Blue Jackets 2018-19 season preview: 'The Third Period'

Jim Fischer
Columbus Alive
Former Columbus Blue Jacket and “The Third Period” film consultant R.J. Umberger (third from left) works with actors (l-r) Aaron Massey, Tyler Evans and Chris Tschupp on choreography and plays for scenes in the film. Photo by Laurie Stephenson/Courtesy The Third Period film.

Can aging hockey player Mike Olsky battle back from an injury suffered in a terrible accident and recapture some of his past glory on the ice in Columbus?

Nope, that's not one of the keys to the season for the 2018-19 Blue Jackets, but a synopsis of “The Third Period,” a feature film currently in pre-production. The script is by Steph Greegor, who covered the Blue Jackets forThe Other Paper and Fox Sports before working in digital marketing for Nationwide Insurance, where she first caught the filmmaking bug.

“When I was 18, I wanted to run away to Los Angeles,” Greegor said in a recent phone interview. “But I'd never thought much about work behind the camera until I did some video projects when I was at Nationwide. It just became a passion. I told myself, ‘If I don't do this the rest of my life I'm going to die.'”

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Hockey was a “found” passion, too. Prior to her assignment forThe Other Paper, Greegor said, “I had never been exposed to hockey. I just fell in love with it.”

It was a natural, then, that her film script would involve the sport in some way.

“It's not a ‘hockey movie.' It's a character drama set in the world of hockey. The main character is at the crux of his career and doesn't handle it well, so he has to try and come back and make it right as he enters the third period of his life,” Greegor said.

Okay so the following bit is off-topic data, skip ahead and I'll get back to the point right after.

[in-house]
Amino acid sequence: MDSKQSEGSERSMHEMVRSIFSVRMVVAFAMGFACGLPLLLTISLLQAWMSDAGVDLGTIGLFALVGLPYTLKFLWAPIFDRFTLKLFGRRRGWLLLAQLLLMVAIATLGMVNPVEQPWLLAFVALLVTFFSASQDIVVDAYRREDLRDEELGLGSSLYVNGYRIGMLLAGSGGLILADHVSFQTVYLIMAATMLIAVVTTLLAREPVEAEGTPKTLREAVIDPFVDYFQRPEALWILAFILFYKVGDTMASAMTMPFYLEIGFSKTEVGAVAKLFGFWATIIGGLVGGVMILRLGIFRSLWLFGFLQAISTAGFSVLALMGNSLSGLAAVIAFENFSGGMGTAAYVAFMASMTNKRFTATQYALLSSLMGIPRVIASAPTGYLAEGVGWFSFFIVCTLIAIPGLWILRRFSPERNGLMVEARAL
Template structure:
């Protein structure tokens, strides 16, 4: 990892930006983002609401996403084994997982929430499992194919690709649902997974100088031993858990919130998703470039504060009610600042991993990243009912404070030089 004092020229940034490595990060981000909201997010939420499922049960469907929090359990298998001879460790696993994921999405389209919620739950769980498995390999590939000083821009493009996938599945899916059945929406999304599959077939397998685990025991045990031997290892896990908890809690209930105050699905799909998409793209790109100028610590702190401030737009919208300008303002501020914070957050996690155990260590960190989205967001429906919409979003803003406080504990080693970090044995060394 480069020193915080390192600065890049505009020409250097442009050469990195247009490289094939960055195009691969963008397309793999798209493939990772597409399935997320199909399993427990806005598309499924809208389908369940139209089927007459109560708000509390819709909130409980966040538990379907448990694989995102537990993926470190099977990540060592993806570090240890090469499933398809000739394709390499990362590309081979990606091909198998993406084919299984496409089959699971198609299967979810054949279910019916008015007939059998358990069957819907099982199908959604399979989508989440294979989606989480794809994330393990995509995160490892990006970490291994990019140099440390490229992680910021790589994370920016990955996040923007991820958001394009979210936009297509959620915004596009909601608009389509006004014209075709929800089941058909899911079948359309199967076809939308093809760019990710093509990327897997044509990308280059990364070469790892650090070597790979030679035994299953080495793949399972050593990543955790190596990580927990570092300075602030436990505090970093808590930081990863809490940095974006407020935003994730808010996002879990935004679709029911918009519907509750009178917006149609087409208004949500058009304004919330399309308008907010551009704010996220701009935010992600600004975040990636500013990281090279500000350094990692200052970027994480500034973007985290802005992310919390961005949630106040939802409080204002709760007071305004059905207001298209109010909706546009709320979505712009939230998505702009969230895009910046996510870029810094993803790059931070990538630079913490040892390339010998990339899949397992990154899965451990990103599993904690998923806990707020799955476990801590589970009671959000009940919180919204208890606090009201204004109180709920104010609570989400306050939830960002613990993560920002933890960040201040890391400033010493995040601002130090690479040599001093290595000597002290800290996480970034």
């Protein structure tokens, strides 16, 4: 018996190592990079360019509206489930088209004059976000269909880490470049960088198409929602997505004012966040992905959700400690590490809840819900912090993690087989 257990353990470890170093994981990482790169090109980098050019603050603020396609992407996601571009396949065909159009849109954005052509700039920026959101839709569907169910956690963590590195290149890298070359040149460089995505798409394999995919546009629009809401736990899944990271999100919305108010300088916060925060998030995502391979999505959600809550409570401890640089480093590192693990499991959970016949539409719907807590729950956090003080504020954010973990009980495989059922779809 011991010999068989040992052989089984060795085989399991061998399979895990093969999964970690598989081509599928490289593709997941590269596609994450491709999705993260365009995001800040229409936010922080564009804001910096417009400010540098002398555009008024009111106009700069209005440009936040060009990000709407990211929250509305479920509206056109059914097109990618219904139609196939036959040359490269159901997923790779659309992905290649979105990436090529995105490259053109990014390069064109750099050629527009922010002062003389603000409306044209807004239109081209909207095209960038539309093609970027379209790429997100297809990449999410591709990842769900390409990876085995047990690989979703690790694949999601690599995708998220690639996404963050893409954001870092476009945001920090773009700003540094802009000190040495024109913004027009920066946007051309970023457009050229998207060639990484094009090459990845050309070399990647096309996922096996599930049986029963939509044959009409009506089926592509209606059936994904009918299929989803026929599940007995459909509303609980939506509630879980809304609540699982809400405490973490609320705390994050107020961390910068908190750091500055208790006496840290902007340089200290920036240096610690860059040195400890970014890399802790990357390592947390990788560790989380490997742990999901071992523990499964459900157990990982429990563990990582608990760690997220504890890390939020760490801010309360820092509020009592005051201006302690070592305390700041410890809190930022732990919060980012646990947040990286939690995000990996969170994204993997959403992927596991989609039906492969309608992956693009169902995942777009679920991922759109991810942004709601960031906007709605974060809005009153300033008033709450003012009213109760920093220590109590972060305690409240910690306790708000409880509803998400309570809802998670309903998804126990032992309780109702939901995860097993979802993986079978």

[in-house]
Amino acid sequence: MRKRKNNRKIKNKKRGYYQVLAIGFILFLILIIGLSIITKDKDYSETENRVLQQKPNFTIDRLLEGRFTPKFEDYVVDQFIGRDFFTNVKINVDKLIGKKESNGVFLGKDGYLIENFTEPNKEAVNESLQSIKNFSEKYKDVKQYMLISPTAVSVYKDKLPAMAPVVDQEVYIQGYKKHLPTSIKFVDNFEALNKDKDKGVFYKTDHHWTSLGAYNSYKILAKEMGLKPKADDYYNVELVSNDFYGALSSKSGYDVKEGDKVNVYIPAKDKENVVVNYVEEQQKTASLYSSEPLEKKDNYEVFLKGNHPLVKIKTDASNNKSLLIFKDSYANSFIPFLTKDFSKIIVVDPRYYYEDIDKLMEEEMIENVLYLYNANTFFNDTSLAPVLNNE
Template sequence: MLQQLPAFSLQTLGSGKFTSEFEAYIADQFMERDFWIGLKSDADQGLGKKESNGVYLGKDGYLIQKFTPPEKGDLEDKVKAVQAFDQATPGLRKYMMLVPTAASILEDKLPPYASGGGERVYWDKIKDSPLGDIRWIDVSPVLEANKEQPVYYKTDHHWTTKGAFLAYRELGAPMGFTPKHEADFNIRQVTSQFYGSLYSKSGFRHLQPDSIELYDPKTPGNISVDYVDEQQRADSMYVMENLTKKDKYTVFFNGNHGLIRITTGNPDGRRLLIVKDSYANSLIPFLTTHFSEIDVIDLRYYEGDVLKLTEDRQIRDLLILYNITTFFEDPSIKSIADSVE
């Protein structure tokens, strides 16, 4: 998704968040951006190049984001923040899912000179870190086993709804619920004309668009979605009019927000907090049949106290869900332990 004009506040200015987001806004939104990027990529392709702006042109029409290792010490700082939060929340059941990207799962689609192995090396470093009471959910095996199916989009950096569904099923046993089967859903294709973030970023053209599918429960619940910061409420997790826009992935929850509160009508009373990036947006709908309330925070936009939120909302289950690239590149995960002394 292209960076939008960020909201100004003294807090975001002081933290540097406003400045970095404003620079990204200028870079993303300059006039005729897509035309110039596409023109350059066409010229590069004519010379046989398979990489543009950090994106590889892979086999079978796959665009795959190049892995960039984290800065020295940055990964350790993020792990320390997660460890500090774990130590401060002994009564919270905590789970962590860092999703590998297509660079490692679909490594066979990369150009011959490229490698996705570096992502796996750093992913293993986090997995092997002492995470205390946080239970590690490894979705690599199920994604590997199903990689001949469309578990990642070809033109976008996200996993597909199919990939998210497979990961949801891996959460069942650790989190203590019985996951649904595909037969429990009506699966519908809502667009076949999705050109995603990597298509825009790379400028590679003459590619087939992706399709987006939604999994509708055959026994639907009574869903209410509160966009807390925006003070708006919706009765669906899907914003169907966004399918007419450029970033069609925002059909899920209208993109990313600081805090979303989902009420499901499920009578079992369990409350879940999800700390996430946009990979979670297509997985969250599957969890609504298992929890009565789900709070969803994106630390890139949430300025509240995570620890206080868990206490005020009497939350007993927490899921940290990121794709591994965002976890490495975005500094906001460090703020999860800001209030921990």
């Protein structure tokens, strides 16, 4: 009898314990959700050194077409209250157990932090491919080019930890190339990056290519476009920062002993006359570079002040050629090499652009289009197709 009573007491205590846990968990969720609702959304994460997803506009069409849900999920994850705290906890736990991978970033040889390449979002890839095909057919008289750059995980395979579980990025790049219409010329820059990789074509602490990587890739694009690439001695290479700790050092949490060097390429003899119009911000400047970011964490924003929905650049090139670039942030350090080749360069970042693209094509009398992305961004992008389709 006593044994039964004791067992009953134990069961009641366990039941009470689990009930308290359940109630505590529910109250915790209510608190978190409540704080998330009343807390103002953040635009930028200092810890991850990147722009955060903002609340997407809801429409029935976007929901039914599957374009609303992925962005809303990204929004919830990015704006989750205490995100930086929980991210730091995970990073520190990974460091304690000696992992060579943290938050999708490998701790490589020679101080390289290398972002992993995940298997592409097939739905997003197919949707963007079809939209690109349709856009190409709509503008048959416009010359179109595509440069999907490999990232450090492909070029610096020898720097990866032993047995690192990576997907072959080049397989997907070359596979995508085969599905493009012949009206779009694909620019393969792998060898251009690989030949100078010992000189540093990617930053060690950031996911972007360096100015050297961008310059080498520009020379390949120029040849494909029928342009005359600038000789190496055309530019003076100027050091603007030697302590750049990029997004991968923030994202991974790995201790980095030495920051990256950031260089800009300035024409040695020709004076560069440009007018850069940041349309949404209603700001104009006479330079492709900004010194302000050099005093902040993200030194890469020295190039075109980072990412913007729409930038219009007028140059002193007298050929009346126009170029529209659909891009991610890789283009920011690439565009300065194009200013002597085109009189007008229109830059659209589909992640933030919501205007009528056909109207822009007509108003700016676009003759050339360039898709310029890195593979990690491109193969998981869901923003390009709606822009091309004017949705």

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Screenwriter Gordy Hoffman (Philip Seymour Hoffman's brother) was an early script consultant. As Greegor began to feel more confident that she had something worthy of filming, she brought in former Blue Jackets assistant coach Dan Hinote to consult.

“We had met when I was covering the team, and I reached out to him to see if he would help. Accuracy was very important to me. I know hockey fans are the most rabid of sports fans,” Greegor said, sharing a story about posting a photo from the short concept film, “Olsky,” on social media. “The first comment was, ‘He's holding the stick wrong.' I thought that if this is going to be a movie, the hockey stuff has to be right.”

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The pre-production cast includes former professional hockey player and model/actor Chris Tschupp and youth hockey player and actor Myles Clohessy (TV's “Quantico”). Greegor also brought in former CBJ players Sean Pronger and R.J. Umberger as consultants (and potentially actors), as well as adding former Ohio State hockey players Chris Olsgard and Alex Lippincott to the cast.

“There's a language between players, a way they act on and off the ice, so we're consulting on the hockey stuff. We're working on making sure the hockey play looks as real as possible,” Umberger said.

“There are a lot of great sports movies, so you know you can tell a story through athletics. What we want is the story to be strengthened by what happens on the ice,” Greegor said. “What's been a little surprising and really encouraging is how quickly Dan and R.J. have taken to their roles and shown a real ability to succinctly advise.”

Greegor is working on securing more funding for the film through her production company, Eleven One Productions. Live Technologies, the Chiller Ice Rinks, and Arena District establishments the Three-Legged Mare and R Bar are official partners. Greegor has secured letters of support from the Greater Columbus Arts Council, the Columbus Film Commission, Experience Columbus and the Greater Columbus Sports Commission. Len Hartman, founder and president of Ohio Film Group, has signed on as producer.

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“I never considered any other option than to make this film in Columbus,” Greegor said. “The world is both bigger and smaller in ways that allow you to do things in places you might not have been able to before. There's a lot of grassroots talent in Columbus, for both onscreen and in production. The biggest thing we've faced is an ignorance about our ability to do this here.”